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I have done a good deal of skying…That Landscape painter who does not make his skies a very material part of his composition – neglects to avail himself of one of his greatest aids …It will be difficult to name a class of Landscape, in which the sky is not the“key note”, the standard of “Scale”, and the chief “Organ of sentiment”… The sky is the “source of light” in nature – and governs every thing.
John Constable, 23 October 1821
Constable believed that depicting skies was one of the most difficult part of landscape painting and one of the most important. He thought skies should ‘sympathise’ with their subjects.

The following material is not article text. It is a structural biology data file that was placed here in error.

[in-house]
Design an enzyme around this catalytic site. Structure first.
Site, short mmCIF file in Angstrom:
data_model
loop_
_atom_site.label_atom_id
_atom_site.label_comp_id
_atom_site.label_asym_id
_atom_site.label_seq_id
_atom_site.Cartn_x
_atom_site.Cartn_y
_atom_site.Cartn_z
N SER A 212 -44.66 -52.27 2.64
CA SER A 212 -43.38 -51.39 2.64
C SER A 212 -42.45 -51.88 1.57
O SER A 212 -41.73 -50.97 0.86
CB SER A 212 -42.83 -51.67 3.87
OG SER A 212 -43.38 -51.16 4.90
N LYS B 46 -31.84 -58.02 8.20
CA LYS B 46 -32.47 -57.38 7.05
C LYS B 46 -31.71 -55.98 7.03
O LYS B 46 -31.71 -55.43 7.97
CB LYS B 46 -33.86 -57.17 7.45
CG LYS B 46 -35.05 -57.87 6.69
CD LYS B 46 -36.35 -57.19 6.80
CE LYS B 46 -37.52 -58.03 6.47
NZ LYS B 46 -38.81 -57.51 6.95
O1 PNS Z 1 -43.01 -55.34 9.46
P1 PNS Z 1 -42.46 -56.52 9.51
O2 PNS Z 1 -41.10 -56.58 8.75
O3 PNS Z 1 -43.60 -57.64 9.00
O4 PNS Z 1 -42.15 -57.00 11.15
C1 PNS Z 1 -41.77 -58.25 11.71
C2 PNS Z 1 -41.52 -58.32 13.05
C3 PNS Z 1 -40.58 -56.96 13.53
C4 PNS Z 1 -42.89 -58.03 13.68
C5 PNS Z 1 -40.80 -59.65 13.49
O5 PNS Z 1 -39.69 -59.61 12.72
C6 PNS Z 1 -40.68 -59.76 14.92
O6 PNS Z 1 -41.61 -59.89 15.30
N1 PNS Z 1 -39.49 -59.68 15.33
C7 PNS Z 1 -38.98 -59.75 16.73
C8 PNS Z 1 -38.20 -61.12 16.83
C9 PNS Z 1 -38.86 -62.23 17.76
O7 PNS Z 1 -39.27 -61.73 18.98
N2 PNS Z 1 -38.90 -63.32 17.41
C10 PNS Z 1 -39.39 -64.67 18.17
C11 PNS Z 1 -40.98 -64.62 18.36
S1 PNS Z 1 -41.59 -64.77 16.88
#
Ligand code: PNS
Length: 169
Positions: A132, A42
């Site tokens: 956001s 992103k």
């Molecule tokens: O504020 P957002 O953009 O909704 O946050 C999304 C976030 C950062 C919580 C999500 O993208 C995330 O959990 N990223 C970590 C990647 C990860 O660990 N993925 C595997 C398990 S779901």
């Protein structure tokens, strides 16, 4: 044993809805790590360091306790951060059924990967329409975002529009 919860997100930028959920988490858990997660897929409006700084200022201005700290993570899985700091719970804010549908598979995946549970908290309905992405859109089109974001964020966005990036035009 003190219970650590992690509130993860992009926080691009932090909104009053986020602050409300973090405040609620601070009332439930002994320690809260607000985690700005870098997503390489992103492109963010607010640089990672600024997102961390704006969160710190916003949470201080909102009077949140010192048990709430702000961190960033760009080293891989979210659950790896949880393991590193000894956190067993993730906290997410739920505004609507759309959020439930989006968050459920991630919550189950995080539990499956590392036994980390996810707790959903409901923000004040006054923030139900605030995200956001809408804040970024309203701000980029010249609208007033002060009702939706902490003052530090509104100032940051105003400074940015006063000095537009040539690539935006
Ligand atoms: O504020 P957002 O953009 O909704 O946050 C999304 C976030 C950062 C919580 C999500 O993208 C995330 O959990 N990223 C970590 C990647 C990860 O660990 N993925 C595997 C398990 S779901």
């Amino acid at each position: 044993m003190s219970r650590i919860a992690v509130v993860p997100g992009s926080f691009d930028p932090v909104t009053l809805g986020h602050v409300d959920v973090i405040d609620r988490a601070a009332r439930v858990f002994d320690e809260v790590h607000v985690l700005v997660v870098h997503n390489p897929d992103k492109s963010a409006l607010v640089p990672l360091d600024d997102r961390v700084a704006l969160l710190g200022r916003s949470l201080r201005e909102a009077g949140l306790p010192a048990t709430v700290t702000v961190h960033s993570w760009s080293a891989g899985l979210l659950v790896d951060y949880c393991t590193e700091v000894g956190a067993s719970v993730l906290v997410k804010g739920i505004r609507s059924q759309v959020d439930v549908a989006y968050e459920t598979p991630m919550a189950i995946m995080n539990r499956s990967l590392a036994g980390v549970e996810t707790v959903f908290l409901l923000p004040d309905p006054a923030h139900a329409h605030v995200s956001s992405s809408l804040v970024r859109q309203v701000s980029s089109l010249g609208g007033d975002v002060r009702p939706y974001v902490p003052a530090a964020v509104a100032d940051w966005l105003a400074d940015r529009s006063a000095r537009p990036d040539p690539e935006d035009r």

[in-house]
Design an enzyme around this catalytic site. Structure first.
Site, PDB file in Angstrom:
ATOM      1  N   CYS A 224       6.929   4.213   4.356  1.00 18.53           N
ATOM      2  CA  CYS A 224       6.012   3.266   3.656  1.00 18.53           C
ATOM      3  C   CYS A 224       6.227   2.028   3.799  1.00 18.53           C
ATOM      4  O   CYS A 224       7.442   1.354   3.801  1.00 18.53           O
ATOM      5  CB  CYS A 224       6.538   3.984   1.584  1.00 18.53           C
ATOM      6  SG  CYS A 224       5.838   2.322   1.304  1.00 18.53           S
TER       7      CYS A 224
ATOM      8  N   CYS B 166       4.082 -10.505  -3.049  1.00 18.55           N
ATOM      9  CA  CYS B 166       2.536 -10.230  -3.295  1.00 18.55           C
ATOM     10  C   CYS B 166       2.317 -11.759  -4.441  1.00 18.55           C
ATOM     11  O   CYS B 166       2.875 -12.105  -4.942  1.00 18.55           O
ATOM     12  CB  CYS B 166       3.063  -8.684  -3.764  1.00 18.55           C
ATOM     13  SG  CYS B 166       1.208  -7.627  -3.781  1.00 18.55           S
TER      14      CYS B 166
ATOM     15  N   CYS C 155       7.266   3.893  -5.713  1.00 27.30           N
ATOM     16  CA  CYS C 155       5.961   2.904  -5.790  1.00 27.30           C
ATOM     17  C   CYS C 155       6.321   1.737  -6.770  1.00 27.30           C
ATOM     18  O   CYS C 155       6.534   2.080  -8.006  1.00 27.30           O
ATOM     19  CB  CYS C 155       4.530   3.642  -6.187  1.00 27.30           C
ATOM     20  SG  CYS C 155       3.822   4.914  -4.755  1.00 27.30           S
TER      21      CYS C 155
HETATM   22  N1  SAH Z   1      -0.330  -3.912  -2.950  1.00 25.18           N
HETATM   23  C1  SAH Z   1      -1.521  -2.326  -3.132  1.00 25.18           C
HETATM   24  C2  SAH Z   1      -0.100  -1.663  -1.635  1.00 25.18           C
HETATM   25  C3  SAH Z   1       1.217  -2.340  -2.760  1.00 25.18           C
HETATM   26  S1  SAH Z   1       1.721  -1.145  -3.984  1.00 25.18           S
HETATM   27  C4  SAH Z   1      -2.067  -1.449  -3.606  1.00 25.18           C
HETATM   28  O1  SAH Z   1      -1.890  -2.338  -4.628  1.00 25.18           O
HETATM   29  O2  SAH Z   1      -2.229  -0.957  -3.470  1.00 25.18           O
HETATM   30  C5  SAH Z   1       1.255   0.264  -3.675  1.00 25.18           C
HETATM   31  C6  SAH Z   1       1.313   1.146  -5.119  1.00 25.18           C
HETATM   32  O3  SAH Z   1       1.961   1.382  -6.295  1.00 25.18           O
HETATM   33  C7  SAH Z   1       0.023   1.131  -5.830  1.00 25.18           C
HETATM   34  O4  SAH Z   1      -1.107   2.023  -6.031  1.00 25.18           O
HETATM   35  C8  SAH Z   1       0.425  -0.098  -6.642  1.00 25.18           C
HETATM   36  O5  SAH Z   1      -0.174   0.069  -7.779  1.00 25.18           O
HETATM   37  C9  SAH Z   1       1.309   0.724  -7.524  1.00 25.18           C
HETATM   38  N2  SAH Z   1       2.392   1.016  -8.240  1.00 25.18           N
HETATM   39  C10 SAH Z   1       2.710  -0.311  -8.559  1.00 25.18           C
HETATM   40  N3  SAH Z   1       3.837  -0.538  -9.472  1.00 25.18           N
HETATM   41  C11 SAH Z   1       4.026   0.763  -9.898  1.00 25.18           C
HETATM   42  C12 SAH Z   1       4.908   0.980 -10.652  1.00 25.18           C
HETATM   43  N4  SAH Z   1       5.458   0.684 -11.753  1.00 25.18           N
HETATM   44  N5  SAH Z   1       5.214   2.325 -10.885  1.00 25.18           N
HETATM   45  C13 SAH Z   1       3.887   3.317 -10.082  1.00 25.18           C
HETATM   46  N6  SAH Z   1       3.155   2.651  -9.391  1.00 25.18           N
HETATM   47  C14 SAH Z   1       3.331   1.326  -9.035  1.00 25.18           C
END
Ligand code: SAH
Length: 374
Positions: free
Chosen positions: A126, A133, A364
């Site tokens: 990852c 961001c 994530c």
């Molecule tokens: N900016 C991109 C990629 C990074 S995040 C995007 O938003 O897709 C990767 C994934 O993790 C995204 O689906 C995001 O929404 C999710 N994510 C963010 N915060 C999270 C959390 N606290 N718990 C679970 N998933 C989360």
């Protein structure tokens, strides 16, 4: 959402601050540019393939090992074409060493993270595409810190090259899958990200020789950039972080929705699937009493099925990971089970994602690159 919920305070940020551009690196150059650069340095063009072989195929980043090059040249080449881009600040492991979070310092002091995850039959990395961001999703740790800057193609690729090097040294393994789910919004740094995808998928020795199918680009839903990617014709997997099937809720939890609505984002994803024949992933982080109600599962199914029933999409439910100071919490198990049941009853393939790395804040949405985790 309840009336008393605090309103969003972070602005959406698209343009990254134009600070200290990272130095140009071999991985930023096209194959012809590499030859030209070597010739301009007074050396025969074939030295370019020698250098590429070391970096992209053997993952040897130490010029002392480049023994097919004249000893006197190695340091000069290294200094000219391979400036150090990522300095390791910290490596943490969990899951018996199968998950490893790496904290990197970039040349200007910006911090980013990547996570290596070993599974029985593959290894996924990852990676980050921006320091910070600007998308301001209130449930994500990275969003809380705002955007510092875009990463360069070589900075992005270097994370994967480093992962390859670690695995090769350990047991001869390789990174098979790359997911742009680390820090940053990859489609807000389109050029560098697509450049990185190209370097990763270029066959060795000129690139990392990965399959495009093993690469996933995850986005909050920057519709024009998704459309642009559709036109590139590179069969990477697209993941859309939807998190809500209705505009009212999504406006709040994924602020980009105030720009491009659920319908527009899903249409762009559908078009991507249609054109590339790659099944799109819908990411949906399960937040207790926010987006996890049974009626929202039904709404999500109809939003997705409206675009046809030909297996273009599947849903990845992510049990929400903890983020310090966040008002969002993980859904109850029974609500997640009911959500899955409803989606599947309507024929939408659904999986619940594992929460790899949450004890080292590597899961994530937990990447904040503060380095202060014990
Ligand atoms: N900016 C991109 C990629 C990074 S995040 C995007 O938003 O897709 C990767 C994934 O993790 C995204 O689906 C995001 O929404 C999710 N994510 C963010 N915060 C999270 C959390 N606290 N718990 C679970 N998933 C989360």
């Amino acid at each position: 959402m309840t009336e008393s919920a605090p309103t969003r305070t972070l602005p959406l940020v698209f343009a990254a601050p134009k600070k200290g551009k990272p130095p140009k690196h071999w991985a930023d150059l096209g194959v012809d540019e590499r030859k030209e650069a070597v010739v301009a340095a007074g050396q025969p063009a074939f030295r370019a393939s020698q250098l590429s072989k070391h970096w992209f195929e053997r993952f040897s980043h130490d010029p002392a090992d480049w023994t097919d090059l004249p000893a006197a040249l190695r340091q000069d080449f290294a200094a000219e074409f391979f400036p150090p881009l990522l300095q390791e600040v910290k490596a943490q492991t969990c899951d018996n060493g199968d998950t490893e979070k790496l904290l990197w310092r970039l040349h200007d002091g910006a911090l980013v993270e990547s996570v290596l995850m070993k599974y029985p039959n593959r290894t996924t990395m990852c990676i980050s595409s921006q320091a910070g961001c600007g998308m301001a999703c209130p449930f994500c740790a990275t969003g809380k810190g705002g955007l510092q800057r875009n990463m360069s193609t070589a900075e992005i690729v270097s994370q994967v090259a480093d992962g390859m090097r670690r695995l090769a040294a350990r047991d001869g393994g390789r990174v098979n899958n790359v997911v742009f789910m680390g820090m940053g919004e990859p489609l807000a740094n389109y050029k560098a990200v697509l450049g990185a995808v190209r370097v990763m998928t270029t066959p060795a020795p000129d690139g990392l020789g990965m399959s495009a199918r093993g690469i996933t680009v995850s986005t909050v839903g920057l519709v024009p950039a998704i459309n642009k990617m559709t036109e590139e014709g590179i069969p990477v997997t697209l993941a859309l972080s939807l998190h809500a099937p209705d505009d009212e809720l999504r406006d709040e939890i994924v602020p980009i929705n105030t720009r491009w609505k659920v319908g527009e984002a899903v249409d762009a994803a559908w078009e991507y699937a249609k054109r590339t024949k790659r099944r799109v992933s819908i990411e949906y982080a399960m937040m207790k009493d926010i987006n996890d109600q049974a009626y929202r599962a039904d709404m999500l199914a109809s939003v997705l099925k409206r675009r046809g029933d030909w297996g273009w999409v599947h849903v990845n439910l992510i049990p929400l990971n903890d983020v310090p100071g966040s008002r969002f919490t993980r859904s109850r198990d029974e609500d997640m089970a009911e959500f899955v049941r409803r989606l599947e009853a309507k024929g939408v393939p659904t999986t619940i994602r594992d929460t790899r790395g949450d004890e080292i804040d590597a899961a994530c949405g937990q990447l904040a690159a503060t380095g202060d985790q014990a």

During 1821 and 1822 he made a large number of cloud studies at Hampstead, on the outskirts of London. He painted them day after day, and often several times a day, as if obsessed. He worked quickly, sketching many of them in about an hour.
Constable captured unique atmospheric effects: recording on these sketches the date, time of day, and information about the direction of the light, the wind, the temperature and humidity, as well as the weather conditions before and after he made his paintings. He was interested in movement, changing conditions, in fluctuating moments, shifting effects of light and shade.
Constable categorised clouds, but more significantly he showed the sky as being infinitely variable and as ‘the realm over which man has no control’.
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